5 Questions to Ask When Getting to Know Your Students

Every year I give my students a questionnaire to complete on the first day of school. Later that night, when I have finally recovered from the excitement of the first day, I sit down with my stack of questionnaires to read all about my new students. My students' responses are such an important piece in getting to know each and every one of them.

While there is a whole list of get-to-know-you questions for students to respond to, there are five questions that I make sure to pay extra close attention to:

What do you like to be called?

This question might seem like an obvious one, but I speak from personal experience when I tell you that this question can make such a big difference for certain students. My name is Rebecca, but as a kid I ONLY went by Becky. Every year, when my teachers would call my name during attendance on the first day, I would simply respond with "HERE", instead of letting them know that I preferred to be called Becky. I was painfully shy as a child and too afraid to speak up. Often it was not until Back to School Night, or even conference time, when teachers would meet my parents and learn that I preferred to be called Becky. It may seem like a small thing, but it was a HUGE deal to me as a child!

On this same note, it is just as important to students that we know how to PRONOUNCE their names. It is definitely worth the extra effort to make that connection with students, and make them feel valued in our classrooms.

What is something that makes you feel proud?

This question is the one that allows me to make connections with my students. This is where they share what they're good at in or out of school. It gives them a chance to reflect on what makes them feel good about themselves. For me, it helps me to start conversations with students, recommend books they might like, or encourage other interests or activities that may be related to what makes them proud.

What is something that is challenging for you?

This next one is an obvious one, but still an important one. Those things that challenge our students are the very things that might lead to anxiety or discomfort in the classroom. The responses to this question are ones that I like to keep in the back of my mind as I am preparing lessons for new and challenging content. It gives me a chance to think of ways to help students overcome those challenges, or to simply shift their mindset when it comes to challenges.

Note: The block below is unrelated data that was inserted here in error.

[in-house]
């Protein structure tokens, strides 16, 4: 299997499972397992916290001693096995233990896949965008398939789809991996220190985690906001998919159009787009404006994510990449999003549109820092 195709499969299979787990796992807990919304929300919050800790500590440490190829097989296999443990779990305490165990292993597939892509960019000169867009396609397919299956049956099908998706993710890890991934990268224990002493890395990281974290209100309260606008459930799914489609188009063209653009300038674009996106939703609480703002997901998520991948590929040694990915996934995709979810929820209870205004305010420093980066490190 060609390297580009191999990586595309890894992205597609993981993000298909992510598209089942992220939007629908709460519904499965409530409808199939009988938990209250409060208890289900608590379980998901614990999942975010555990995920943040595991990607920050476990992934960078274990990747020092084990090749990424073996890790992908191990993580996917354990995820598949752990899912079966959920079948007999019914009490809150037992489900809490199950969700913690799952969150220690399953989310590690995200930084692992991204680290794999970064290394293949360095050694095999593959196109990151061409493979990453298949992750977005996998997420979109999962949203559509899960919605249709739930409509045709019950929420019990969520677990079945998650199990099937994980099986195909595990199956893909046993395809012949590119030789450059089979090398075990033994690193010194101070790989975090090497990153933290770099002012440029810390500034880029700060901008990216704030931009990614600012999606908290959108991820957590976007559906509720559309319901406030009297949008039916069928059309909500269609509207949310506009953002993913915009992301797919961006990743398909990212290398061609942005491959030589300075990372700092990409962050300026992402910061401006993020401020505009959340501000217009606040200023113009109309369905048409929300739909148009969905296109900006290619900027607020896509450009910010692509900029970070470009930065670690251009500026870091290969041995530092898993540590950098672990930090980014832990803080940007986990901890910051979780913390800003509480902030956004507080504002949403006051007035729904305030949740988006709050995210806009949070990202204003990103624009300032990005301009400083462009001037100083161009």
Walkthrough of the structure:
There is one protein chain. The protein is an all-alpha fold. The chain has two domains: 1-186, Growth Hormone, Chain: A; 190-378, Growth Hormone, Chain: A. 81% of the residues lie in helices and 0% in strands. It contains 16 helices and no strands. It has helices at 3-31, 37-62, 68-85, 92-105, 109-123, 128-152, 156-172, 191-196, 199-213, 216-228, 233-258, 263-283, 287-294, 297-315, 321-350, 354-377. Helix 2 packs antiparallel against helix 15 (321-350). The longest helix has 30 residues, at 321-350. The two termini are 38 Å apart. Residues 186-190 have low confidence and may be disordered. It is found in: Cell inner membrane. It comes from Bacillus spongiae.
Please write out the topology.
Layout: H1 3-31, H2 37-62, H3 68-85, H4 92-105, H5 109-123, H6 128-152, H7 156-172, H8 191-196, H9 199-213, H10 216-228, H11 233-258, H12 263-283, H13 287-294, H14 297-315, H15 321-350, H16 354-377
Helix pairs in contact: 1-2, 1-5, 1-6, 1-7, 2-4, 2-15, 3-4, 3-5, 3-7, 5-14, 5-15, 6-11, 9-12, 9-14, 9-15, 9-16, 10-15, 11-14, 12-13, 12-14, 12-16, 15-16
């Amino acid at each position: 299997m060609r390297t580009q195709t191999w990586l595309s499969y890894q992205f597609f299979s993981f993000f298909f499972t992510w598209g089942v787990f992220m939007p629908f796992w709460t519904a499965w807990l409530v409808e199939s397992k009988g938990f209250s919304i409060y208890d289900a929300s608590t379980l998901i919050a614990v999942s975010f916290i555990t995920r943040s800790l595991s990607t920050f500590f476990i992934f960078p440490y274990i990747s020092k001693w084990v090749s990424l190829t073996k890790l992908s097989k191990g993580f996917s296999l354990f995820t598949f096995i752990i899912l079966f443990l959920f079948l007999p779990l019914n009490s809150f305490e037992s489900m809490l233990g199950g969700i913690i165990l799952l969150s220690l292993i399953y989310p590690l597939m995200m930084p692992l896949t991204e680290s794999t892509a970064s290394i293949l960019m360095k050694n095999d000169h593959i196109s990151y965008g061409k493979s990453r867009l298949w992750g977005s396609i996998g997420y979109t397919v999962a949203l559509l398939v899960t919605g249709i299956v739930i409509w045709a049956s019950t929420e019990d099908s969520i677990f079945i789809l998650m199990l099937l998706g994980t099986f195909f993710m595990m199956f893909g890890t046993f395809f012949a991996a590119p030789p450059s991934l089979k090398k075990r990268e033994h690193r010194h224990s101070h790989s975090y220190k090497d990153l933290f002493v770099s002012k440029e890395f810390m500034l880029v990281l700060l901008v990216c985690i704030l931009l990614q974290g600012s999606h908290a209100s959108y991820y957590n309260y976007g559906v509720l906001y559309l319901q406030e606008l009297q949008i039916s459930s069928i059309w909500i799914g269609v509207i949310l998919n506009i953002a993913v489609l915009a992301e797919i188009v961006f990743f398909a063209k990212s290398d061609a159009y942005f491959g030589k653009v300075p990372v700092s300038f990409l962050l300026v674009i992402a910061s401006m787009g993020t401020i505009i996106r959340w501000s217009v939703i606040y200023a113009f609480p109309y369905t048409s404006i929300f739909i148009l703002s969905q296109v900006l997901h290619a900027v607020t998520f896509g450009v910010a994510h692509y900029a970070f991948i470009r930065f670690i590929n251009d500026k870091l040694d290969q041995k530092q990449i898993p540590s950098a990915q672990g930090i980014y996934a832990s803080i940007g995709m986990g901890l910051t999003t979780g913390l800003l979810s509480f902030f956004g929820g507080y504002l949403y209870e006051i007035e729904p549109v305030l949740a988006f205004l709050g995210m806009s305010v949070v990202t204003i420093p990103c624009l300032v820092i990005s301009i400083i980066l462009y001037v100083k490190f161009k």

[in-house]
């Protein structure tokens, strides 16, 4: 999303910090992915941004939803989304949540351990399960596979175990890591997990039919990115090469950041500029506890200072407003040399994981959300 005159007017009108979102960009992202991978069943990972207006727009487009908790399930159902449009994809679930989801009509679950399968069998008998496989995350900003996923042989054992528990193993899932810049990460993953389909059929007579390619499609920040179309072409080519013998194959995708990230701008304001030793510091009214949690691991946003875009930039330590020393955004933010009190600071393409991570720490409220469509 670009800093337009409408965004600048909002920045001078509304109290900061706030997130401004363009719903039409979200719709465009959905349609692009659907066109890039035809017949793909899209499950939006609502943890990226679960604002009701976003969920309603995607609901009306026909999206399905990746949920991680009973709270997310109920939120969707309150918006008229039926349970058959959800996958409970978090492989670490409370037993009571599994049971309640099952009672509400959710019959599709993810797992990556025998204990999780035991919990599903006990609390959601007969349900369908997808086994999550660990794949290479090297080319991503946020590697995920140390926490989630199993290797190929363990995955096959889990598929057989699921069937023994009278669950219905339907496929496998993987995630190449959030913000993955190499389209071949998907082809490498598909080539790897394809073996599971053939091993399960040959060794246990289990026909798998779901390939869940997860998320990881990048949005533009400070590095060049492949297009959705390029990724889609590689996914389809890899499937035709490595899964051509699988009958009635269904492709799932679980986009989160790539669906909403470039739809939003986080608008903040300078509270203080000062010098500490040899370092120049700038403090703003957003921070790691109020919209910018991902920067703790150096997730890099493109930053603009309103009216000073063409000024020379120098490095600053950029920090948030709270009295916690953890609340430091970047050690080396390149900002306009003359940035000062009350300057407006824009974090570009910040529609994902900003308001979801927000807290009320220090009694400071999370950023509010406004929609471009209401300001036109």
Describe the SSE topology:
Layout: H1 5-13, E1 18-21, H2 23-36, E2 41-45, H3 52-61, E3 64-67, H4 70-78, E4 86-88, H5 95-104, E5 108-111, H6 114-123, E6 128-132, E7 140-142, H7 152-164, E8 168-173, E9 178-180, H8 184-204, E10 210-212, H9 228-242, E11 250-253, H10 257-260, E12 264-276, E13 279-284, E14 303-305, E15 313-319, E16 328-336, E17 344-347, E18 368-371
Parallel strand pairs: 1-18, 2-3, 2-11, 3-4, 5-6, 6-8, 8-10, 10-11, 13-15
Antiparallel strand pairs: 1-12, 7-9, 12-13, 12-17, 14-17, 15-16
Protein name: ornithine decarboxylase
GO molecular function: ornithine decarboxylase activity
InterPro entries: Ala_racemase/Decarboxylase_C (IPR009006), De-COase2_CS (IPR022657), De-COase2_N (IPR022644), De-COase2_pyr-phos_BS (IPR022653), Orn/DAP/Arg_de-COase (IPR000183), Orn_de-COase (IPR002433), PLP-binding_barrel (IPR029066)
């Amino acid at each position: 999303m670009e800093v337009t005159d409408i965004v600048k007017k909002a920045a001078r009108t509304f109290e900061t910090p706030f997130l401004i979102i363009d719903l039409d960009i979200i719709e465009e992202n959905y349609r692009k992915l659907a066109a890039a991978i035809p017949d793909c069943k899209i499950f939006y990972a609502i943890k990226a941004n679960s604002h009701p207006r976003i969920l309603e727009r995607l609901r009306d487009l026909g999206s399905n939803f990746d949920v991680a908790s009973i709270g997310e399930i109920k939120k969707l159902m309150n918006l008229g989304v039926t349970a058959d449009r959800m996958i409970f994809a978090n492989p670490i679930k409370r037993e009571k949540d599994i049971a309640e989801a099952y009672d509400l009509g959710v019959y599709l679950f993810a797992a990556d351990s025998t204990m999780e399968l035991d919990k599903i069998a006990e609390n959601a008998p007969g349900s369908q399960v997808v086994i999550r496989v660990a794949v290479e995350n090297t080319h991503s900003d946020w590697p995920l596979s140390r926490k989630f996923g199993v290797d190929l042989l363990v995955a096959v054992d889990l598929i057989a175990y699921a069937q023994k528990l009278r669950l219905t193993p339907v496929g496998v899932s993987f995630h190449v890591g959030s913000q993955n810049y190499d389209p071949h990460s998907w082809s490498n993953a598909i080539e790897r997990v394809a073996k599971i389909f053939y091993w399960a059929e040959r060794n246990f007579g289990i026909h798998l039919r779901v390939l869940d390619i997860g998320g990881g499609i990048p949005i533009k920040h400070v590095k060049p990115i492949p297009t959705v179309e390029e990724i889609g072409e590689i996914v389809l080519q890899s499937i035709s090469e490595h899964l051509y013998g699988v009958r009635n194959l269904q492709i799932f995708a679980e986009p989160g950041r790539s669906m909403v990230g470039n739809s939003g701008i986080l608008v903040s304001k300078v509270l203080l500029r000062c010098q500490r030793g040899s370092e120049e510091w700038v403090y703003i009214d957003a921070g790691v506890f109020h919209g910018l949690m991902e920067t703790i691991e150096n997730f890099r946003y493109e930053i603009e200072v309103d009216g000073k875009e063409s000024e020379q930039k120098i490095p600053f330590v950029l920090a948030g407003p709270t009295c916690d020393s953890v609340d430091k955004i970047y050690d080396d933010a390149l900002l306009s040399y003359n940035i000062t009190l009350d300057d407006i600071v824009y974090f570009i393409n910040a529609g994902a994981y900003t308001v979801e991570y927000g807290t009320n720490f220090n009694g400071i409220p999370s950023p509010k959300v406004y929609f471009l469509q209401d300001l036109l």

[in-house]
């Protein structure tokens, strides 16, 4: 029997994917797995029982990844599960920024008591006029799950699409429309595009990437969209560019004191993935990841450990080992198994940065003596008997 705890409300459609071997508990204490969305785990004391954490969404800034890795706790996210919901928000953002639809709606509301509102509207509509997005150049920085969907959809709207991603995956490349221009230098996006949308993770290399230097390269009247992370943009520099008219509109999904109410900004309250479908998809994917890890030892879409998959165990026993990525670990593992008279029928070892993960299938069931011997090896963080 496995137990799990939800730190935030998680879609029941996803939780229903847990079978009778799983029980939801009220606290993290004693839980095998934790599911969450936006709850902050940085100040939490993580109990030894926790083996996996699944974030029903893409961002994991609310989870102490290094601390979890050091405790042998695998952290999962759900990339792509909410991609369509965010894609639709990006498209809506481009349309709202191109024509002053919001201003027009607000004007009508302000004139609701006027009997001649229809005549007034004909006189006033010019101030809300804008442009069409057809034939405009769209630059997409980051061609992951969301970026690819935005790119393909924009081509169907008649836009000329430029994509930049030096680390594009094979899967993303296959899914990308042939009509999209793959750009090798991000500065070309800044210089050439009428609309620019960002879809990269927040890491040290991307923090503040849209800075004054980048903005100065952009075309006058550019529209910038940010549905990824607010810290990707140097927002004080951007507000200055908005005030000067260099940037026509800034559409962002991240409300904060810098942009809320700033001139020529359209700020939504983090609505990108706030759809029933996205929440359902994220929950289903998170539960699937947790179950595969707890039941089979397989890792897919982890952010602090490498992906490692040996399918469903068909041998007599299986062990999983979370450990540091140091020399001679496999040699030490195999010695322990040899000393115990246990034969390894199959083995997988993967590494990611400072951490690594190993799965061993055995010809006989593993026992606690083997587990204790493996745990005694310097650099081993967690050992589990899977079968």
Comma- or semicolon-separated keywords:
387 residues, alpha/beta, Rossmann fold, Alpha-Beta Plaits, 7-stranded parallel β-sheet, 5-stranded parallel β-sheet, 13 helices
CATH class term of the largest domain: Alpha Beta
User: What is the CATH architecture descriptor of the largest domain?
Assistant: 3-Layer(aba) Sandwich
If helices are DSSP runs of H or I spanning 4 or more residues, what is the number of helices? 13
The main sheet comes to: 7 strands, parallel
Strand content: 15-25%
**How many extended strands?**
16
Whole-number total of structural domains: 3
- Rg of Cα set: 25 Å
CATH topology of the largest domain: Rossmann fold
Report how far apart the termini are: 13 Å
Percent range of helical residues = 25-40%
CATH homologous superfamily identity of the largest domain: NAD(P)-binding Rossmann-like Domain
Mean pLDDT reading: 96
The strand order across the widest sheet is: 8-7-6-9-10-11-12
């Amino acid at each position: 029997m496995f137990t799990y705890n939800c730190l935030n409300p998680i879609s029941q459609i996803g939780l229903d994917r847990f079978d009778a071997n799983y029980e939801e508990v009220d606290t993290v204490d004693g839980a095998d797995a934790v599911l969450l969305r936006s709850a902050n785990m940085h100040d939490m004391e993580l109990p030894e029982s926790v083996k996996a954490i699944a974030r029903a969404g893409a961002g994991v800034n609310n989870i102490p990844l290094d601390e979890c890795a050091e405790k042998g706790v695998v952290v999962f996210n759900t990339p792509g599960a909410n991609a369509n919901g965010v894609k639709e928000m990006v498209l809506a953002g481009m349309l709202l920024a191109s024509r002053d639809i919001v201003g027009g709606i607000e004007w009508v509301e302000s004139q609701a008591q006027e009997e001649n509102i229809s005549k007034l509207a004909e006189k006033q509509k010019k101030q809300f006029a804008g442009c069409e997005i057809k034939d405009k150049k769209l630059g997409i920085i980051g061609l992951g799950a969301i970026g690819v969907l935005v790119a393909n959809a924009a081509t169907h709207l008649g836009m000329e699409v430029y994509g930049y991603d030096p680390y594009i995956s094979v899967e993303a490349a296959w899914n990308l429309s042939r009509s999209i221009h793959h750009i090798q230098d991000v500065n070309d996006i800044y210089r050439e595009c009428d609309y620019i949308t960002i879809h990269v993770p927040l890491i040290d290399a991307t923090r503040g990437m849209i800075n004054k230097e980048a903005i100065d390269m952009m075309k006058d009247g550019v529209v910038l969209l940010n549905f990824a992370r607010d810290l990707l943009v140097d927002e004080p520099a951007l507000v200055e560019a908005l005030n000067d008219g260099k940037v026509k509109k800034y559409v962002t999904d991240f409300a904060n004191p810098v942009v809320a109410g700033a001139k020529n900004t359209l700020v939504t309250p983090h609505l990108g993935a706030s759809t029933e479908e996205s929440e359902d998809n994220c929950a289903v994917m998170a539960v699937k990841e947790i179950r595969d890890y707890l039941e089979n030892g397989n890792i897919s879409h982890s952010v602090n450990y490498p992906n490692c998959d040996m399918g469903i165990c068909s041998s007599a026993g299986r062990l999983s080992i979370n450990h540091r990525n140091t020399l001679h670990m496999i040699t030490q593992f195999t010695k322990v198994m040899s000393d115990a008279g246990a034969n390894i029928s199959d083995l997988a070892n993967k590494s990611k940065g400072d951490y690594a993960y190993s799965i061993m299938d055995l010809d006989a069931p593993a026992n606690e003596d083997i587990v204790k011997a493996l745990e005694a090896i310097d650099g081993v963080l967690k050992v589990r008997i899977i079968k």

What is something you wish I knew?

I used to ask the question, "What is the MOST important thing you want me to know about YOU?" While I got some great responses to this question, I would also get things like "I am really good at baseball" or "I like math". Of course these things are important, but we cover interests and favorite subjects with other questions. I want to hear the one thing (or more) that my students need me to know about them, in order for me to be the best teacher I can possibly be for them. A few years ago, a teacher named Kyle Schwartz posed this question for her students. She shared some of the responses on social media, highlighting the need for teachers everywhere to truly get to know their students and what they might need. Needless to say, this question is now asked on my questionnaire.

What is something you expect from me as your teacher?

We discuss so many expectations that we have for our students during the first week of school. I also think that it's important to see what our students expect from us. I am always surprised by my students responses to this question. They are often honest and specific about what they need. I have had students share that they like to have fun, but that they need structure. I have also had students share that they expect me to listen to them. Leave it to our students to remind us what it takes to make us better teachers!

Believe it or not, students' responses to these questions stick out in my mind throughout the year. I always keep their responses in the back of my mind as I am interacting with my students, planning lessons, or even dealing with challenges. A student questionnaire is a great jumping off point for getting to know your students.

You can download this questionnaire for FREE by clicking HERE or on the pic below. 
This questionnaire is just one of the get-to-know-you activities from my Back to School resource. If you're looking for more activities for those first days of school, click HERE or on the pic below to take a closer look. This resource now includes digital pages for distance learning.
It's never too early to start thinking about the next school year. I hope that you will keep these questions in mind when getting to know your students this upcoming year.